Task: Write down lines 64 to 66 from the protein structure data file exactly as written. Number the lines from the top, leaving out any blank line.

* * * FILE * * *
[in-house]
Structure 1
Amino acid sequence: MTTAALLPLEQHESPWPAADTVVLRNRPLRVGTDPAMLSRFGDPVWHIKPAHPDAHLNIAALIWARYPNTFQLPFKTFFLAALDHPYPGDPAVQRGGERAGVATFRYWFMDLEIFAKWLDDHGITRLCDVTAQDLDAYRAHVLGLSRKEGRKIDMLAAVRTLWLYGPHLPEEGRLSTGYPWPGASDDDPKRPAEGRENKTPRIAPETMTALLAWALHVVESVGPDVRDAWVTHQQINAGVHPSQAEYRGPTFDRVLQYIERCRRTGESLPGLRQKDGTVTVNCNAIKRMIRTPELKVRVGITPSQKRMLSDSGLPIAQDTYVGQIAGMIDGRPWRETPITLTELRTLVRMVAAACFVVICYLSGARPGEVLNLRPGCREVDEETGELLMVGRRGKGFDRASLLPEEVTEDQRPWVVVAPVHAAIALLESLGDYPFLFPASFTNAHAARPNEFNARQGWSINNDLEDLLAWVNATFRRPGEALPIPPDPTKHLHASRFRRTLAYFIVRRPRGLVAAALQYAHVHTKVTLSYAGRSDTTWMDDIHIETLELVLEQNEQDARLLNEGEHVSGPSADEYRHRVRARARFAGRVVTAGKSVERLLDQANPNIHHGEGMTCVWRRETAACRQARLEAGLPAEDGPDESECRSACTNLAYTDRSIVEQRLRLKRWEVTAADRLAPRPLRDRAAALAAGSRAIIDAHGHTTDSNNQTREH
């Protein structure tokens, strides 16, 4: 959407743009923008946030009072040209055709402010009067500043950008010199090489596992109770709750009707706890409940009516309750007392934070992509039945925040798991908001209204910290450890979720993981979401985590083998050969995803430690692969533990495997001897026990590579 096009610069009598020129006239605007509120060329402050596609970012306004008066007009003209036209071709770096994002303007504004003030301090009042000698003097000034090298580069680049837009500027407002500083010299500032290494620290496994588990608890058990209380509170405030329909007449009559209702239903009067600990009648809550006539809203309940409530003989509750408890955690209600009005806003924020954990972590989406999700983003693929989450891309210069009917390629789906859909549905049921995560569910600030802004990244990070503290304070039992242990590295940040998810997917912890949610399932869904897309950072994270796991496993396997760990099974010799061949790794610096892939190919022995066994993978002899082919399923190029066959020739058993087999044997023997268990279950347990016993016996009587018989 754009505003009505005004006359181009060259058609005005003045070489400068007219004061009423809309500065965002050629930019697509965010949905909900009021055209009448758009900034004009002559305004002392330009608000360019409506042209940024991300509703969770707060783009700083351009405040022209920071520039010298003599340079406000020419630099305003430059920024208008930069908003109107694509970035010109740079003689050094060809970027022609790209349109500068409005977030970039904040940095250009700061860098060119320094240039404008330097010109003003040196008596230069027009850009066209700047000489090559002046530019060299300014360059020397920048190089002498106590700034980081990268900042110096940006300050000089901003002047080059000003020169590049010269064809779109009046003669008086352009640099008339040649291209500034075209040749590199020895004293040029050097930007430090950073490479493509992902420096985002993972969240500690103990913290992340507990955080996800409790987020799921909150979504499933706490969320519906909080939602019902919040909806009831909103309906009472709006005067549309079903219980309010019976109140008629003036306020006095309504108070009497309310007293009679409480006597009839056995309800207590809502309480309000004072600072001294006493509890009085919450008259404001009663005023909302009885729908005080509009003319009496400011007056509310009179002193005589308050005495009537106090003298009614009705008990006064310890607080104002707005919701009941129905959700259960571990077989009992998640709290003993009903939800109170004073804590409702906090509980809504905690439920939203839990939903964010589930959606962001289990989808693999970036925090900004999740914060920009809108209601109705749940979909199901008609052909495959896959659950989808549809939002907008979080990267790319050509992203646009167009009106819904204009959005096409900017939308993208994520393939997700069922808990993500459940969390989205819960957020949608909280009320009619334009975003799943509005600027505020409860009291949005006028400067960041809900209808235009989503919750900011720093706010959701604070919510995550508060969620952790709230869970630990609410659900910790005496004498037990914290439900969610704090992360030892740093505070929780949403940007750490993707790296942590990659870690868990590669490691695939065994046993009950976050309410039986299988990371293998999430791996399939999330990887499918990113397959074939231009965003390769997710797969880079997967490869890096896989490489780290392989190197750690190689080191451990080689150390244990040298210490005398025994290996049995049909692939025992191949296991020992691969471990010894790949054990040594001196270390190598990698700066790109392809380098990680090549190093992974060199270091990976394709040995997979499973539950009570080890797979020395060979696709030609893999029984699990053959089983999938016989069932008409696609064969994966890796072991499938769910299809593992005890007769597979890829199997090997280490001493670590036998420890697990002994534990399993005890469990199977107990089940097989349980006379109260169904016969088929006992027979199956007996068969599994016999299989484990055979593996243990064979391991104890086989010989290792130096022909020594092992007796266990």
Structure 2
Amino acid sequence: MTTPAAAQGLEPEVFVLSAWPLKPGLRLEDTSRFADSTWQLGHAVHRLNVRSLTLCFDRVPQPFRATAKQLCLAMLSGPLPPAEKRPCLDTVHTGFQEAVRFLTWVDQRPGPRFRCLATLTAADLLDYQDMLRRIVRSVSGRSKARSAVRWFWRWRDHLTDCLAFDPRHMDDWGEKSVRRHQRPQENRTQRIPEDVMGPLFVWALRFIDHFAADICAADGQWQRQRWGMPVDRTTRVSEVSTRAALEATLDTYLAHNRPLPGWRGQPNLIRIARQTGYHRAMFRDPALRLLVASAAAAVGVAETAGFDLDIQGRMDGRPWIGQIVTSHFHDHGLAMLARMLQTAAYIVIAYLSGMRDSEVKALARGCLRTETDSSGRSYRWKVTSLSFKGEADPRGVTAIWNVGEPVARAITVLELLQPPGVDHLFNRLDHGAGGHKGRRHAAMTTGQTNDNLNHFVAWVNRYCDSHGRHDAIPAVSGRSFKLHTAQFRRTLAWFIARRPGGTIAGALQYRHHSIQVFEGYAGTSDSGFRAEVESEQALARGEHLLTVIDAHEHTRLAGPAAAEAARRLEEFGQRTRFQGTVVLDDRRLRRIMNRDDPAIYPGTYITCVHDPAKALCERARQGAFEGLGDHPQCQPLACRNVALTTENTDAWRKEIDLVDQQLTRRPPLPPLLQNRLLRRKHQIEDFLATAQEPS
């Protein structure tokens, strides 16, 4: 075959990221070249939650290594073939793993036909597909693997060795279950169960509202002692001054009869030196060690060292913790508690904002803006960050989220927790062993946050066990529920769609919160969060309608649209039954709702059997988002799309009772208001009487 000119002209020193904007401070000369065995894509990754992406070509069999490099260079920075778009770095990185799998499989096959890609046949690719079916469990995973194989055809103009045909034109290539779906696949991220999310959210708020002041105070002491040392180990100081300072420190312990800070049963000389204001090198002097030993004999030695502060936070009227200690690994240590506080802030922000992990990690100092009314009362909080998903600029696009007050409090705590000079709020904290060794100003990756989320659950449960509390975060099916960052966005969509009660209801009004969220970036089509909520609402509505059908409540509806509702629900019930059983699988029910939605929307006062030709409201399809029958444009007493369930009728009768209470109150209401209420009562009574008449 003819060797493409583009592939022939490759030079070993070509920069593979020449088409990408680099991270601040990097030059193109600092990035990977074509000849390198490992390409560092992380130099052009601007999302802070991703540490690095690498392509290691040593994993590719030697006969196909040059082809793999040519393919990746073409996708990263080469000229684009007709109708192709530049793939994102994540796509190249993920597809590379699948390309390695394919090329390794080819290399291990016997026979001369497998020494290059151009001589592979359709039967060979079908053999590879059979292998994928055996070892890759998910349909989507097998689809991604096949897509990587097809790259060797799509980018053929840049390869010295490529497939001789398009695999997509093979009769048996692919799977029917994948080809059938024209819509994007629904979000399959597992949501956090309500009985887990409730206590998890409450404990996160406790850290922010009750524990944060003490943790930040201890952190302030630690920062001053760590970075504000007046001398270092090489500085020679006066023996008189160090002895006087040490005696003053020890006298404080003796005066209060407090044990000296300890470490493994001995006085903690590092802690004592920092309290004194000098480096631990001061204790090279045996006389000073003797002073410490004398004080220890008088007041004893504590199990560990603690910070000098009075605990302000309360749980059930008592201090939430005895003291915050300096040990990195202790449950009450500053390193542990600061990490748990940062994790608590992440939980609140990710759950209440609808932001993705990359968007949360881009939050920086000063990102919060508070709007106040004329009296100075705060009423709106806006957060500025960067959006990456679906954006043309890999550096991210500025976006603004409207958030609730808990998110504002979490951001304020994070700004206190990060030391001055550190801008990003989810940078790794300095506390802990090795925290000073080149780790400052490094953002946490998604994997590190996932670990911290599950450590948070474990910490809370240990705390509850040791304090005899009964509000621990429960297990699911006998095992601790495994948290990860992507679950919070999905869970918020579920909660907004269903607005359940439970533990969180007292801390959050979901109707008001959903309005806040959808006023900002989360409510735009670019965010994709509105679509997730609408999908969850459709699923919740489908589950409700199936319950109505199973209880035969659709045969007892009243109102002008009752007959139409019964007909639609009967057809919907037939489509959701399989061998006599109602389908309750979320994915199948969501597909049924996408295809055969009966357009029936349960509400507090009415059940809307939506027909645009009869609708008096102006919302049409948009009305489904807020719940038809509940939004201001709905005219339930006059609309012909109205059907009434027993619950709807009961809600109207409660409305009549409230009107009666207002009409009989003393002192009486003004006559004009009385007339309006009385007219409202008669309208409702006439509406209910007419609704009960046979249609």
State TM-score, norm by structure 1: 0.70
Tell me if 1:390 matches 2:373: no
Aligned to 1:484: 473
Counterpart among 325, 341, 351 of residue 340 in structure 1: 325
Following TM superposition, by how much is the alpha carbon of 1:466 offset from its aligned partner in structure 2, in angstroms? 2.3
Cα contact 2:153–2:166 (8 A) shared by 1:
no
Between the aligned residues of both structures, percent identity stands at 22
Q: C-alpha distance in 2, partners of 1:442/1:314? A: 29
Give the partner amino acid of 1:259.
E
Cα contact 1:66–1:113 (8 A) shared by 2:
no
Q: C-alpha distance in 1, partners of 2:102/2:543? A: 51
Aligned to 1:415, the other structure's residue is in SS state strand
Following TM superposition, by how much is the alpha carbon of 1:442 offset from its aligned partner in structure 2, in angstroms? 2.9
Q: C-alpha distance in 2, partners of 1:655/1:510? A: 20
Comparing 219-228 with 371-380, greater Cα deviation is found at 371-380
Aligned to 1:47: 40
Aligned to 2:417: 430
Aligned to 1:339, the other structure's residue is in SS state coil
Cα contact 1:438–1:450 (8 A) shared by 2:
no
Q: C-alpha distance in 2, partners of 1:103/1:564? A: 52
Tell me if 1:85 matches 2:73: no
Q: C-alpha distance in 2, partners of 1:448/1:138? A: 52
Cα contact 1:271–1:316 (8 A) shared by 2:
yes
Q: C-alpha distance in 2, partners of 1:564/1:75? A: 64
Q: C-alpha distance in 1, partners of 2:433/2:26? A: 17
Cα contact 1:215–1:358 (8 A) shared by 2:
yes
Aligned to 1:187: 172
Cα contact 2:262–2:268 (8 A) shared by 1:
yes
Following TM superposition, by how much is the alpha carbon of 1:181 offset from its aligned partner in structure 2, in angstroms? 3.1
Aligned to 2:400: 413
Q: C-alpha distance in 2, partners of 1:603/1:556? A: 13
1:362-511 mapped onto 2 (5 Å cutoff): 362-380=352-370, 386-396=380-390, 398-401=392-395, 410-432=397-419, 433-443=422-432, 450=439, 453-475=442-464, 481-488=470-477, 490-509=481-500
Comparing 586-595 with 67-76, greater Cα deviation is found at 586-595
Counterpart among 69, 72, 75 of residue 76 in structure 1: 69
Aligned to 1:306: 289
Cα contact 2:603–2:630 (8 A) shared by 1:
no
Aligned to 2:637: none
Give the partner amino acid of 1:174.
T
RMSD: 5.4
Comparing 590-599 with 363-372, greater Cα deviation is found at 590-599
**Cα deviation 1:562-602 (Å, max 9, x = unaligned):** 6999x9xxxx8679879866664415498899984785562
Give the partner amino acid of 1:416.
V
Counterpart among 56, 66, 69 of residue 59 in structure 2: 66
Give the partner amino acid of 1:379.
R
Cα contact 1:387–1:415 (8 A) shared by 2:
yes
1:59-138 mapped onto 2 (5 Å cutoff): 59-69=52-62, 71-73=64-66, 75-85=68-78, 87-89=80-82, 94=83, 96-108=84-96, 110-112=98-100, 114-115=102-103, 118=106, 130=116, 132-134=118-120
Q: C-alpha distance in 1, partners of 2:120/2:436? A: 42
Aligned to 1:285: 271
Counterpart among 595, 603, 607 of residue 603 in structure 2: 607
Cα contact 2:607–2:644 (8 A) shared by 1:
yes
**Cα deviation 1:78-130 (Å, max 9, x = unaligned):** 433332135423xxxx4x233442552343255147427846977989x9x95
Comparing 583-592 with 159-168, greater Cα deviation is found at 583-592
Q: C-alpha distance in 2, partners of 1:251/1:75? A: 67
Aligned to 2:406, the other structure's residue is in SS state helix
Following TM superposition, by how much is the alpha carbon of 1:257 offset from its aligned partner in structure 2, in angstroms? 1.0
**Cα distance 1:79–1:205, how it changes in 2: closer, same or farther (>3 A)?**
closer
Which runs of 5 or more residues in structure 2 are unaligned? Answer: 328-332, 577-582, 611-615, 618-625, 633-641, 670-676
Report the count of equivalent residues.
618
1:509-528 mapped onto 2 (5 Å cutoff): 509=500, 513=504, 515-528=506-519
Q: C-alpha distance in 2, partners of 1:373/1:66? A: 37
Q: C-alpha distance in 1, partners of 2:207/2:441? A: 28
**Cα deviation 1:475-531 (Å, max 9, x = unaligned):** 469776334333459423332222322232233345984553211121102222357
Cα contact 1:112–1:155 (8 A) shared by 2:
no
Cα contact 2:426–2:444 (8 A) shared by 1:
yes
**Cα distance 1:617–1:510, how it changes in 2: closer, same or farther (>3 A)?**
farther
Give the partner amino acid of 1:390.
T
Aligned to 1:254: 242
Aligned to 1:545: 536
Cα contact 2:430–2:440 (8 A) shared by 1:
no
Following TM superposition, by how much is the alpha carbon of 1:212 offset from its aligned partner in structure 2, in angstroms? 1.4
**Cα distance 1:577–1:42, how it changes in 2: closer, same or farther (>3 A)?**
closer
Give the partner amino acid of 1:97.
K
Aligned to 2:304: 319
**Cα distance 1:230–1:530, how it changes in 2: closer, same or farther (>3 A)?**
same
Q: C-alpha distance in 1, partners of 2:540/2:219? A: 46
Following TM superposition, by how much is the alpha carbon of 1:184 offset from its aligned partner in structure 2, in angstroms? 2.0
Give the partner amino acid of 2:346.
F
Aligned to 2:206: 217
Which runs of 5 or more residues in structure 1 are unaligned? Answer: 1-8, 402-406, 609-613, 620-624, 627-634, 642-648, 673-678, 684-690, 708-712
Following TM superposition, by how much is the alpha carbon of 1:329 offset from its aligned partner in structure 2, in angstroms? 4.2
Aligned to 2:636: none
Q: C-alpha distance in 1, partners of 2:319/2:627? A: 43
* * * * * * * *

yes
1:59-138 mapped onto 2 (5 Å cutoff): 59-69=52-62, 71-73=64-66, 75-85=68-78, 87-89=80-82, 94=83, 96-108=84-96, 110-112=98-100, 114-115=102-103, 118=106, 130=116, 132-134=118-120
Q: C-alpha distance in 1, partners of 2:120/2:436? A: 42